Monday, October 19, 2009

12 Days: Fido (2006)

This is what would happen if Bub (Day of the Dead) continued to evolve and then got sent back in time to the 50s. Radiation from space (where else?) has contaminated the entire planet Earth, causing anyone that dies, post contamination, to turn into a zombie. This leads to world war, as depicted in an amusing send up of old news reels. Eventually, the humans win out when they learn the secret to taking out the zombies ("get 'em in the brain"). Unfortunately, the radiation lingers so new zombies are popping up all the time. In steps Zomcom, a corporation that constructs collars that attach to the zombies and curb their desire for human flesh. It makes them placid, able to be controlled. They also construct walls around the cities and towns, dumping "bad" zombies and, perhaps, "bad" non-zombies as well into what's known as the "wild zone".

Against this backdrop is set a sweet "boy and his dog" story involving a boy and his zombie. Little Timmy (K'Sun Ray) lives with his Mom, Helen (Carrie Ann Moss) and his Dad, Bill (Dylan Baker). Owning a zombie on their particular block becomes a sort of status symbol. Their wacky neighbor Mr. Theopolis (Tim Blake Nelson) even has a zombie called Tammy. He doesn't really use her for chores though, she's more of a wife type. We don't want to know what they do behind closed doors. Anyway, being concerned with what others think is a common trait amongst 50s housewives, so Helen goes ahead and orders the family a zombie without telling her husband who, it turns out, is zombie-phobic. This might lead to some problems.

Not for Timmy though. The two of them bond almost immediately. Well, after his zombie defends him from a couple of schoolyard bullies, they do. Timmy decides his zombie needs a people name. What about Fido? Later, Fido wanders off, his collar malfunctions, and he chomps into old lady Henderson. She becomes a zombie and Timmy is forced to kill her, but thankfully Fido's collar is working again.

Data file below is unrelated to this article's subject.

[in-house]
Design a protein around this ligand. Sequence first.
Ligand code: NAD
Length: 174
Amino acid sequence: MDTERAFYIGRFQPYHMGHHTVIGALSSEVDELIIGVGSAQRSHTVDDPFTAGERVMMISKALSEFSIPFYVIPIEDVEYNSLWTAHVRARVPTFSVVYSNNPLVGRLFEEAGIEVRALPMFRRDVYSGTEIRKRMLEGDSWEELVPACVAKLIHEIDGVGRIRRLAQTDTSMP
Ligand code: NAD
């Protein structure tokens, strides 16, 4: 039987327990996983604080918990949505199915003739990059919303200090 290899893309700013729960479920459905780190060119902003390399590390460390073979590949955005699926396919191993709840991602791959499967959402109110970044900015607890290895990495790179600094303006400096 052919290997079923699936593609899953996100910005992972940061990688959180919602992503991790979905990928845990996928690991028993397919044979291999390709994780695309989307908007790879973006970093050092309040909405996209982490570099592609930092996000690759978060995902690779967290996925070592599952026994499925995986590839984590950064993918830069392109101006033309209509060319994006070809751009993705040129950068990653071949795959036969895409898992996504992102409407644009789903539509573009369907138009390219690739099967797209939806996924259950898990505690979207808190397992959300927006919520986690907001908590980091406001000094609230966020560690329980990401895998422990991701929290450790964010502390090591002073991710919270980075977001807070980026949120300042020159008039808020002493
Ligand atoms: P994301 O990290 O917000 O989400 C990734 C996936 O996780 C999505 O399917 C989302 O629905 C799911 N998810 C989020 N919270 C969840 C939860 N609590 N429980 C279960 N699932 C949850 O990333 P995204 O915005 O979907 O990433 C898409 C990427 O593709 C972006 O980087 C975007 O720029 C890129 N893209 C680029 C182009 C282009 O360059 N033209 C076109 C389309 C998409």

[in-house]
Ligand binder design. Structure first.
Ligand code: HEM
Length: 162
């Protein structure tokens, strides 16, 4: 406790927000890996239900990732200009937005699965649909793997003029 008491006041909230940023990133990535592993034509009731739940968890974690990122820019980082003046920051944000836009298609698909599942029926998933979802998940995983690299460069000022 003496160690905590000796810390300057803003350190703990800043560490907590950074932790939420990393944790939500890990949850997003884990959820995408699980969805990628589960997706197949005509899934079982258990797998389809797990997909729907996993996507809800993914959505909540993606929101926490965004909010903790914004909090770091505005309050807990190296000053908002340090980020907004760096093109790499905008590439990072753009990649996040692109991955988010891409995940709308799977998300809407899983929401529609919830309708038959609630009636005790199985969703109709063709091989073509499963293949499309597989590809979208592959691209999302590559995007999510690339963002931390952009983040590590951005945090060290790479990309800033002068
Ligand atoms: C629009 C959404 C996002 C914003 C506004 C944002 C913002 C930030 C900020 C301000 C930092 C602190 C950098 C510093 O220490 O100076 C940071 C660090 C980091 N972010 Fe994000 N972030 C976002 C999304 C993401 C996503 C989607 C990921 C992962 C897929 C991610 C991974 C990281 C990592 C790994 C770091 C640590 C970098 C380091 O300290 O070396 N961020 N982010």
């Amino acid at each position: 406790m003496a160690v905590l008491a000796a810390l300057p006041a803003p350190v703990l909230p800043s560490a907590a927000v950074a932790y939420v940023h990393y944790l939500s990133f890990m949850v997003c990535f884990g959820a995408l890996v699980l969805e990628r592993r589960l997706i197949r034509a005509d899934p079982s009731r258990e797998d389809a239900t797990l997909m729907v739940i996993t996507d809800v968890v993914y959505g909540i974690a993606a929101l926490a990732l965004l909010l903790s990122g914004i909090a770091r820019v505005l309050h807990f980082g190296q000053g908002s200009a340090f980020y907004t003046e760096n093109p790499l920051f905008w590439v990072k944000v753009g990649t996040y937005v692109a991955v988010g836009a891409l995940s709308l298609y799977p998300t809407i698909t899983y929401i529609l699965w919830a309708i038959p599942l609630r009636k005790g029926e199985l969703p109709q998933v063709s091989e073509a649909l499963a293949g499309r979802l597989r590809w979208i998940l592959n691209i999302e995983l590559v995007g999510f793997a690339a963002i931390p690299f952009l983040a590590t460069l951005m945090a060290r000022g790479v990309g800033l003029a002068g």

While at school, Timmy meets a cool girl whose Dad (Henry Czerny) is the new security chief at ZomCom. Also, he was a hero of the zombie wars. Also, he's sort of a slimy son of a bitch who will do anything to protect his corporation, including throwing Timmy and family into the "wild zone." Yes, this is a zombie movie, but Czerny is the villain of this picture.

Basically, what we got here is a kid's picture which happens to have some gore. The relationship between Timmy and Fido is something we've seen before; Timmy and Lassie, Hogarth and Vin Diesel, Victor and Frankenweenie, etc. There are scenes where Timmy is in trouble and Fido goes to Helen for help that are ripped right from the annals of Lassie ("Is Timmy in trouble? Where is he boy?"). Sure, Timmy takes off Mrs. Henderson's head with a shovel and yes, the violence is treated lightly. Several people die during this one. Some of them come back. Others have their head separated from their bodies so they can't come back (per their dying wishes). I'm saying this is a kid's movie but I'm also suggesting maybe watch it with your kids.

Eventually, Fido gets recalled to Zomcom where he's going to be terminated, but Timmy learns from Czerny's daughter that he's just been enslaved. A rescue attempt follows involving Mr. Theopolis, Tammy, Mom, and, yes, even Dad comes around.

This one's a lot of fun. We got some sunny 50s type atmosphere on the surface. Some 50s radiation cloud and zombie atmosphere underneath. The performances are all note perfect, especially Carrie Ann Moss and Dylan Baker. Baker, in particular, is good at playing a man who projects satisfaction while beneath it all he's crumbling (also, see Happiness). He's the kind of man who can't really communicate with his son, would rather ignore him, but shows a little bit of tenderness in the scene where he presents him with a gift ("Now, I know you're not supposed to have a hand gun until you're twelve, but it can come in real handy").

Of course, I can't talk about Fido without mentioning Billy Connolly's performance. Completely believable, sweet, funny, etc. He's more than just a dog. The family grows to love him, well....still not sure about Dad. This picture is more optimistic than your typical zombie shit. More than anything, it's a love letter to George Romero and the glimmer of hope he provided via the character of Bub in Day of the Dead. If a zombie can find enjoyment in something simple, other than the devouring of flesh, then it's hard to argue they've lost all their humanity. Fido is an affirmation of that. Except they had to go and name him after a fucking dog.

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